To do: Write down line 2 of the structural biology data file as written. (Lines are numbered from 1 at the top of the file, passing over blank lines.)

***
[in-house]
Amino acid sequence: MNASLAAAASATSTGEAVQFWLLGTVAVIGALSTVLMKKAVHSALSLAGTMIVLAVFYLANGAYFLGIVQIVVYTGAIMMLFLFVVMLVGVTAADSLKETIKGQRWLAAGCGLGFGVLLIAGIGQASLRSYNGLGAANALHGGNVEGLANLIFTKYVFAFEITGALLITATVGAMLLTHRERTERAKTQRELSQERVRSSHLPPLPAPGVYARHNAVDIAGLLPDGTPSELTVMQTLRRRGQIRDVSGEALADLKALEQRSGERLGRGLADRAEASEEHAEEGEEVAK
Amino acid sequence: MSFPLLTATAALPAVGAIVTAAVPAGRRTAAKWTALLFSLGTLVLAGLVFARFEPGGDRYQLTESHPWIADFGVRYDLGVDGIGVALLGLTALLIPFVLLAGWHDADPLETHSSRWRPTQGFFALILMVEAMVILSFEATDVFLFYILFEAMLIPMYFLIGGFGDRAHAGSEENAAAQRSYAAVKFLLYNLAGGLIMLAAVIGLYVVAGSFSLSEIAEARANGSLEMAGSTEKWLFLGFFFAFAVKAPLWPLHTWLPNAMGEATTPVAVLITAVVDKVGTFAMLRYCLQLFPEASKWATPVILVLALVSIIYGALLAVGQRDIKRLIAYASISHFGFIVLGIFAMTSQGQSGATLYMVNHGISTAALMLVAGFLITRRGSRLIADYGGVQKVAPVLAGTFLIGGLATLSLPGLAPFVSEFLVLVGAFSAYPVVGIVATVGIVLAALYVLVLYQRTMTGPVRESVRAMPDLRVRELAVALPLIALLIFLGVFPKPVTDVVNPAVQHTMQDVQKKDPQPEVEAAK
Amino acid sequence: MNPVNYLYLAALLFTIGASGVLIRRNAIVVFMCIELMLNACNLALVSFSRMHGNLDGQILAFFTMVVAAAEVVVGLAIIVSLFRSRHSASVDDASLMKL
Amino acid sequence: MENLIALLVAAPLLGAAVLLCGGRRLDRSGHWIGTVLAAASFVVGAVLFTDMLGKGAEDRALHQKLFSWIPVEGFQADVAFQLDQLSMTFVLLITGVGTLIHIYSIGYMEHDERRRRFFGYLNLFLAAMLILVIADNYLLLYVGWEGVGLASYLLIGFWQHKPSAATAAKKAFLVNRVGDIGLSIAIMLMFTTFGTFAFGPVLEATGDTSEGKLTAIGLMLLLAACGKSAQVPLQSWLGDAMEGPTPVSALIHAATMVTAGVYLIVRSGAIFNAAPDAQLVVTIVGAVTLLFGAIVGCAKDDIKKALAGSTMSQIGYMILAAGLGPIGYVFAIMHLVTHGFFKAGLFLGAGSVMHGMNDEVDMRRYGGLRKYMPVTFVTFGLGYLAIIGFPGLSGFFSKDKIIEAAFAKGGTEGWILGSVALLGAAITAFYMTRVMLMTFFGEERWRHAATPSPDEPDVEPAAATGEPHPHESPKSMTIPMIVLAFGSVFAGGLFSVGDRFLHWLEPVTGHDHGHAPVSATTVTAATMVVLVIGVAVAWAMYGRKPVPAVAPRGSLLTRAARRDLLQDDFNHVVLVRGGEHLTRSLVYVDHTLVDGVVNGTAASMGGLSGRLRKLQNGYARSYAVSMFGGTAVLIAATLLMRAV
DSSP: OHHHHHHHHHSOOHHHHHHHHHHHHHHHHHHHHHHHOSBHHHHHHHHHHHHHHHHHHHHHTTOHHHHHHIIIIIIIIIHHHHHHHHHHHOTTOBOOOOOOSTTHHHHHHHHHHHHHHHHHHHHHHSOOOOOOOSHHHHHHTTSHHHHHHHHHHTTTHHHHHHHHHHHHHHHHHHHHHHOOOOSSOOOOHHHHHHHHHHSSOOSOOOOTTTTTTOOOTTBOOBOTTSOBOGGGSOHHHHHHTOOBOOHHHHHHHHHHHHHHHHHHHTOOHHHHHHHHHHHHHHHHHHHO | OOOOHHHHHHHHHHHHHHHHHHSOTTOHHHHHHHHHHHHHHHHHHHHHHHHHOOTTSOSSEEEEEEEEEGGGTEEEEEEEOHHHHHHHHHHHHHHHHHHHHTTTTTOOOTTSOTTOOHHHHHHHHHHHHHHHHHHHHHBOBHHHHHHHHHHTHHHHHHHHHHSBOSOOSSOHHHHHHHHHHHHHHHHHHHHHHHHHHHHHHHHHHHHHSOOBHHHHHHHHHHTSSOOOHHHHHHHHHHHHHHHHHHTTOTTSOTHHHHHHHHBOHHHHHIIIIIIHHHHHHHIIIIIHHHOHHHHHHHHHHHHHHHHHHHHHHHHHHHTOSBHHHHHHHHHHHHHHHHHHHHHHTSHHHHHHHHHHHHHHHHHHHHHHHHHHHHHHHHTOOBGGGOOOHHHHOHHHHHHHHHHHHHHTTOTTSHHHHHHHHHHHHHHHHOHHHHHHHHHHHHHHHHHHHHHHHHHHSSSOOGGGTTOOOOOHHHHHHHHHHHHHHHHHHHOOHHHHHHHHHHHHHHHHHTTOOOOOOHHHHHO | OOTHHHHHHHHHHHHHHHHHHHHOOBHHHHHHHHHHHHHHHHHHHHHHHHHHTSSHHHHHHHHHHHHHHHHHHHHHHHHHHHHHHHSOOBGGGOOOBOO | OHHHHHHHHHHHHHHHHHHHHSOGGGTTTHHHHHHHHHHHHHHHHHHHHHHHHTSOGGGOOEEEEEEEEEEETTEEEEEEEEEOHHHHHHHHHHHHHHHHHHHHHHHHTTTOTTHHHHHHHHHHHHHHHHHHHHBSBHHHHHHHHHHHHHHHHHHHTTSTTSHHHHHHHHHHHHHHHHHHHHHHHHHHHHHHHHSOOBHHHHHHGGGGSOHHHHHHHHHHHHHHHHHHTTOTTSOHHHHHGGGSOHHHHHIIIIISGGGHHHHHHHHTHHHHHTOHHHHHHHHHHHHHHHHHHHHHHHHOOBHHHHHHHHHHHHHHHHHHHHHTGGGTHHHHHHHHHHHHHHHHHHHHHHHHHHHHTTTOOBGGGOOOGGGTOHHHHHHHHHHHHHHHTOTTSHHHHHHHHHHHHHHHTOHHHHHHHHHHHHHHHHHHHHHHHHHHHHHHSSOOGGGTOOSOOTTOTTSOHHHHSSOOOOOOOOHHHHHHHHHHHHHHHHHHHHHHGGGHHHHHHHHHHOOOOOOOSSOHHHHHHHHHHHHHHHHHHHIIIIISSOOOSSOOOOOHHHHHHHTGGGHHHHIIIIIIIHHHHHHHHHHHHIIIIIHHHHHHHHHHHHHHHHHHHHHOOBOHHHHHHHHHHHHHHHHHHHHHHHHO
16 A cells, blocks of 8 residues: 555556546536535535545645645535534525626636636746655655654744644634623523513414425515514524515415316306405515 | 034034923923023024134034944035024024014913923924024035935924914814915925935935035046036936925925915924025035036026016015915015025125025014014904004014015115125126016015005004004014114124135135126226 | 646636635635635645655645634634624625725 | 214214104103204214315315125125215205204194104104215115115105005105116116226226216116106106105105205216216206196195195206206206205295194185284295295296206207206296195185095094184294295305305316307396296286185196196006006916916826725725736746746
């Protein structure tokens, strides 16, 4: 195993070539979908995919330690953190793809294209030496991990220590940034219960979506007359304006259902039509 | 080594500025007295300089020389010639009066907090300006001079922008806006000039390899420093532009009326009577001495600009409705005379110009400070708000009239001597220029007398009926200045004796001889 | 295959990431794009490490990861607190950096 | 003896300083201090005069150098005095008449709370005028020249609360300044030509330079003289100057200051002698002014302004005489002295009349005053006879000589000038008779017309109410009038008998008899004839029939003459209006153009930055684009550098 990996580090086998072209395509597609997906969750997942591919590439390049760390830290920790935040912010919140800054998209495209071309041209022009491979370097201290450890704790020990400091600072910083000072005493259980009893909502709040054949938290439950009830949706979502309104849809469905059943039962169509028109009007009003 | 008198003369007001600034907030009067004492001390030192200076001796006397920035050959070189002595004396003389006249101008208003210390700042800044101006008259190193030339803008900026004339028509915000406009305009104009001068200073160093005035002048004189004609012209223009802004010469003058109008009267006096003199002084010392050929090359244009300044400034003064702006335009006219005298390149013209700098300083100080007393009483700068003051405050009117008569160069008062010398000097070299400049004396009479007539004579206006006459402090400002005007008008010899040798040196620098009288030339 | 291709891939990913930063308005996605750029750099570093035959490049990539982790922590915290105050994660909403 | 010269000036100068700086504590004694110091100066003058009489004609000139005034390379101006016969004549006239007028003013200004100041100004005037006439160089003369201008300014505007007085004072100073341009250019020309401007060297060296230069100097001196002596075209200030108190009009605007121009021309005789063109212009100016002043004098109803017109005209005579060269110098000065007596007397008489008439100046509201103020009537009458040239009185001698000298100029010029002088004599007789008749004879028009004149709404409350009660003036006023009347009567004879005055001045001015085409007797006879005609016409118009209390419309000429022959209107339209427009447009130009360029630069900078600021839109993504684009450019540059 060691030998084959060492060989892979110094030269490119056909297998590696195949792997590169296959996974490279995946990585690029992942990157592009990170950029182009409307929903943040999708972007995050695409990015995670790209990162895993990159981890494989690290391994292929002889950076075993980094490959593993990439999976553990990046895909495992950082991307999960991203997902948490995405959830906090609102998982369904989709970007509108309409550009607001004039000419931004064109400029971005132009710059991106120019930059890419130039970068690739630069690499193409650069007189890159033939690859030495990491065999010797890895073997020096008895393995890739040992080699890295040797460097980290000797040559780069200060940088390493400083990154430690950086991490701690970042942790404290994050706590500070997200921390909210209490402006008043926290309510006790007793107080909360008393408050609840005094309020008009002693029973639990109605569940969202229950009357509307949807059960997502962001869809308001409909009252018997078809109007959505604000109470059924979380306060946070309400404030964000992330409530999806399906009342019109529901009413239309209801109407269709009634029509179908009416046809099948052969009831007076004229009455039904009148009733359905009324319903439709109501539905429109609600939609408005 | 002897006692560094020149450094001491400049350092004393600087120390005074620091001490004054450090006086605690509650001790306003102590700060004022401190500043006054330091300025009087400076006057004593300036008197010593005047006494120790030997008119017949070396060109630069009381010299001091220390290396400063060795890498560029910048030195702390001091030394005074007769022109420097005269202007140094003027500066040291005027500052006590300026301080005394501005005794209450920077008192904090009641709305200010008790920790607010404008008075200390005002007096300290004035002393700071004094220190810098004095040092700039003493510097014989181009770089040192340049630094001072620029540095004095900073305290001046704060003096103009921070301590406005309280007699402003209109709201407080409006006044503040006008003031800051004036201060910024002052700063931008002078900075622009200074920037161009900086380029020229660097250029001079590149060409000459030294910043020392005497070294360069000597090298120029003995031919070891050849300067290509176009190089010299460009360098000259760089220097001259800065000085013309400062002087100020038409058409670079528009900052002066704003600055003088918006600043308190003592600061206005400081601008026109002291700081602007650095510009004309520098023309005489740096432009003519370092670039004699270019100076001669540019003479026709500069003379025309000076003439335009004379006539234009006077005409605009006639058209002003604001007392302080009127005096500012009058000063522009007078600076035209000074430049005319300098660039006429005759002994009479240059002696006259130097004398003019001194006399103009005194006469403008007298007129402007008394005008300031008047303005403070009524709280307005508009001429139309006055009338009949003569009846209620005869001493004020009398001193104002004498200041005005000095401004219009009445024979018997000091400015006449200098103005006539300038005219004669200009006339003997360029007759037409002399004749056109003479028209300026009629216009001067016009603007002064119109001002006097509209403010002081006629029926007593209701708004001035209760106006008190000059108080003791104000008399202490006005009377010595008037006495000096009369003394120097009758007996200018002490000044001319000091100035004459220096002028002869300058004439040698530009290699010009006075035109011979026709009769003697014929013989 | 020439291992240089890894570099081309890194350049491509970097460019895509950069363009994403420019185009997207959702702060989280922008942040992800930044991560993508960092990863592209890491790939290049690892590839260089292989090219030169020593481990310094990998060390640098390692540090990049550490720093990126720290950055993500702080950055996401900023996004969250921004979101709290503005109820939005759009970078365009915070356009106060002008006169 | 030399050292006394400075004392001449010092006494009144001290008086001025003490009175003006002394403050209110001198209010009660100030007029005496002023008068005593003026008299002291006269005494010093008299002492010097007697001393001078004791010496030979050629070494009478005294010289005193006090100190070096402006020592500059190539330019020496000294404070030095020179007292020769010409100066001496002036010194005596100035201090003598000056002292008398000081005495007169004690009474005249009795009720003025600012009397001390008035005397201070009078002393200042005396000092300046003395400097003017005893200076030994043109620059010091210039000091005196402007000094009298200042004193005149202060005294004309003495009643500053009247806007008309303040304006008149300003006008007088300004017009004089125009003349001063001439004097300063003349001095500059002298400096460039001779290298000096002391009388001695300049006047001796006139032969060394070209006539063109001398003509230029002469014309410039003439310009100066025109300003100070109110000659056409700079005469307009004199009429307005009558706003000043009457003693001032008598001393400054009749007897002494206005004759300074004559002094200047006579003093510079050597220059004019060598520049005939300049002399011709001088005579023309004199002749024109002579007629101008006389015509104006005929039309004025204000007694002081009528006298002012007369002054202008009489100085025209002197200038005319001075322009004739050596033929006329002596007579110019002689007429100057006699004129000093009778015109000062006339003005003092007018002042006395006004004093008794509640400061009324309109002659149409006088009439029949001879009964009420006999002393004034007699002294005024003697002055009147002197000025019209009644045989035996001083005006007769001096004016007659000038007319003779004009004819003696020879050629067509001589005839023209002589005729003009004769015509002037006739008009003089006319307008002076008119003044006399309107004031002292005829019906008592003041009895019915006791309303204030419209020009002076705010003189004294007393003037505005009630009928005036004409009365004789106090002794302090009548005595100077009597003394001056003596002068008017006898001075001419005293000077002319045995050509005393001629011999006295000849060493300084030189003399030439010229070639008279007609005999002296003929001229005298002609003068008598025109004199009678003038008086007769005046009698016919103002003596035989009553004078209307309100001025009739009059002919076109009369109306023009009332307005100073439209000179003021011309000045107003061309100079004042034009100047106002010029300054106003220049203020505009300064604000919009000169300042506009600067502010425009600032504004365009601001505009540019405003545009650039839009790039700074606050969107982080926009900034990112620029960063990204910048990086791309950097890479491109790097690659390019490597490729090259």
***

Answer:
Amino acid sequence: MNASLAAAASATSTGEAVQFWLLGTVAVIGALSTVLMKKAVHSALSLAGTMIVLAVFYLANGAYFLGIVQIVVYTGAIMMLFLFVVMLVGVTAADSLKETIKGQRWLAAGCGLGFGVLLIAGIGQASLRSYNGLGAANALHGGNVEGLANLIFTKYVFAFEITGALLITATVGAMLLTHRERTERAKTQRELSQERVRSSHLPPLPAPGVYARHNAVDIAGLLPDGTPSELTVMQTLRRRGQIRDVSGEALADLKALEQRSGERLGRGLADRAEASEEHAEEGEEVAK